Follow by Email

Friday, January 6, 2012

For example, "living life to the fullest" is cliche

        Hey kids,

       I'm sorry to have been on hiatus for the last few weeks, but I can only promise you that it will happen again. As you know, my life is a boiling cauldron of resentments and my soul is seething with bitterness. I remember things. I remember an editor and a colleague both trying to correct me on my usage of "for instance" instead of "for example," or vice versa. Guess what, you bean-counting nitpicks? Most writing specialists agree that the two can be used absolutely interchangeably! It really doesn't matter, aside from some poetic or artistic considerations. Okay, now that I've gotten that hair off my chest, I'll go on to my other gripe.

   There are a lot of empty phrases or cliches people use when they want to make a point or dress up their language or otherwise be pretentious in some small way. My friends and Twitter lovers offered a few examples of  empty or annoying words and phrases:

1 Literally: As in "he literally beat the living hell out of him" or "I literally ate a ton of pizza."  When of course, it's obvious that no one has ever beaten the fire and sulfur out of another individual nor eaten a garbage truck full of pizza -at least not in one sitting.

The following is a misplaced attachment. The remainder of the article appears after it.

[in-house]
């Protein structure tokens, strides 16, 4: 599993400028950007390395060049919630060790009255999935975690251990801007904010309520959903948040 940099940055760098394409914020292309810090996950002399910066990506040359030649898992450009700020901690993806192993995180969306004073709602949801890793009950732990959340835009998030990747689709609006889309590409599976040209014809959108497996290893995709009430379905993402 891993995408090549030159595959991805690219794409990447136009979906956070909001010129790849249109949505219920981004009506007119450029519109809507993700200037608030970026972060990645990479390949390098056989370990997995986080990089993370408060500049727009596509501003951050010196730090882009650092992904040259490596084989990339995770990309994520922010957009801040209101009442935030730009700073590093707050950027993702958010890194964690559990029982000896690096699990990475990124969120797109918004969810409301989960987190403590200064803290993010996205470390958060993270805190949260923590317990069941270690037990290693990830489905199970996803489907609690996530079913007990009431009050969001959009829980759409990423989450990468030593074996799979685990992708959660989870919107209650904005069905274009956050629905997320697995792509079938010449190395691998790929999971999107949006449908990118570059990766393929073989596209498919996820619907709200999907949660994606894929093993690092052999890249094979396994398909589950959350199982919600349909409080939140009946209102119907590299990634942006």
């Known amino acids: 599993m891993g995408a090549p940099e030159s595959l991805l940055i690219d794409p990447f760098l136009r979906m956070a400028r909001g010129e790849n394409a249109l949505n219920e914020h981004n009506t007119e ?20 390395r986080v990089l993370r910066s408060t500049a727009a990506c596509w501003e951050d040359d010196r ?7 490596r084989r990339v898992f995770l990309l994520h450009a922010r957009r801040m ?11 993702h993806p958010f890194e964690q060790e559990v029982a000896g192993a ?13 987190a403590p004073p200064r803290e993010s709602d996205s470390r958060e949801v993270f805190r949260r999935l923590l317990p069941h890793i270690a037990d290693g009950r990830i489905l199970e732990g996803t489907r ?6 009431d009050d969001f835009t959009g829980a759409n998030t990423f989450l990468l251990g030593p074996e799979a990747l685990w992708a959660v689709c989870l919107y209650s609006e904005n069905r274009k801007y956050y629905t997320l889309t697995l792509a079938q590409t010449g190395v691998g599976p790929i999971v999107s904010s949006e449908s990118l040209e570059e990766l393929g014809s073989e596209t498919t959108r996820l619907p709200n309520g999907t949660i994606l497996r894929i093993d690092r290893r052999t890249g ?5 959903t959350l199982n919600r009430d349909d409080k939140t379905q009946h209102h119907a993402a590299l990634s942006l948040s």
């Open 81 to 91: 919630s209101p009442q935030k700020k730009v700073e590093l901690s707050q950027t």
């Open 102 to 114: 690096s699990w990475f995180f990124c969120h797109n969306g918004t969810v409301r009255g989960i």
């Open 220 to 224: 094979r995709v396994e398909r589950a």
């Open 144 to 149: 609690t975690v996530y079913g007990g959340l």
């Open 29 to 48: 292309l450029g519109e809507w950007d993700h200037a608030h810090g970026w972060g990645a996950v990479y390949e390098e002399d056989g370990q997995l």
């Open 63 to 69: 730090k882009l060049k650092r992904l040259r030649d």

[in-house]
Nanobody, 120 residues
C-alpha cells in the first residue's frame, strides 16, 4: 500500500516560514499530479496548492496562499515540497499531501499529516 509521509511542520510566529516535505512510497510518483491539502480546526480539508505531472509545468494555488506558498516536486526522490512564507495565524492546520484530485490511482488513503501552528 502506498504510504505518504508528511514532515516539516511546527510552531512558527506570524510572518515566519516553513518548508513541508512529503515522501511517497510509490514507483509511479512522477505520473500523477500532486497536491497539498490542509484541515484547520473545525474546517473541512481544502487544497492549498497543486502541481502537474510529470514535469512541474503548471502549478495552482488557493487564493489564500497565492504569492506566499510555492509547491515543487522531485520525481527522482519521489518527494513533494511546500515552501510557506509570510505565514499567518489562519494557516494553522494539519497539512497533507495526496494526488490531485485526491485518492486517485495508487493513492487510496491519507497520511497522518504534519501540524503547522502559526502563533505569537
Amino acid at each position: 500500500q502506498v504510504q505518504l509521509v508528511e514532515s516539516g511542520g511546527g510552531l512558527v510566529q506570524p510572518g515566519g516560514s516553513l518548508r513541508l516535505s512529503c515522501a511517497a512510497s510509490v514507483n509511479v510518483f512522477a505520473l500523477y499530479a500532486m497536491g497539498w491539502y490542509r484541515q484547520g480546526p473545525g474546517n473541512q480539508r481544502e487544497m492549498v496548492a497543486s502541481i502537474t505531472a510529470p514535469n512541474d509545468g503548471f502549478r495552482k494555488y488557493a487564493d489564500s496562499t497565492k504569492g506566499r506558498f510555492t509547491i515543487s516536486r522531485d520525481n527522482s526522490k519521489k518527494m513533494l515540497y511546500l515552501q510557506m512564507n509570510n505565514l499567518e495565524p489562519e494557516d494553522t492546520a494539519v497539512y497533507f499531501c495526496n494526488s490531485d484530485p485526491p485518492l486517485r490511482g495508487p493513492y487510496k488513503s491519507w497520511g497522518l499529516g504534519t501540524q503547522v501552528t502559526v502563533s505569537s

2 Bear with me:  A Twitter lover expressed that idea that if  someone isn't  seriously imposing on you, then this phrase doesn't need to be used. My insight is that ESL speakers must find this phrase confusing, perhaps conjuring up images of large woodland beasts in close proximity to the speaker.

3 At the end of the day: Yeah, this phrase can be trite and inaccurate- "At the end of the day, the United States just isn't the superpower it used to be."

4 Living life to the fullest: I can't stand this one. The idea is fine, but the actual use of the phrase is often ridiculous. Whether it's compulsive women who sleep with anyone who cross their path and neglect their Neverneverland family of adolescents in favor of partying or falling down alcoholics who accuse everyone of judging them for the lifestyle they're not ashamed of, I'm generally not impressed with people who use this this phrase. I remember correcting a lazy illiterate's paper where she said she wanted to remembered as "living life to the fullest" because she hung out with friends and partied a lot; meanwhile, she really was illiterate, probably never read a book in her life, and when asked what she wanted to do for a living would respond that she wanted to be a "physical therapy." 

           I think that's enough bile and bitterness for today. Thanks for reading!


  1. Throwing out the baby with the bath water once again. Nice dangling comma.

  2. I love using the phrase, "at the end of the day." It makes me feel warm and fuzzy... and also like a middle-management superstar.

  3. Yes, those were some serious pronouncements and suggestions I made. When you see this blog, you better think policy paper. As for the rest of you, I seek to provide good customer service.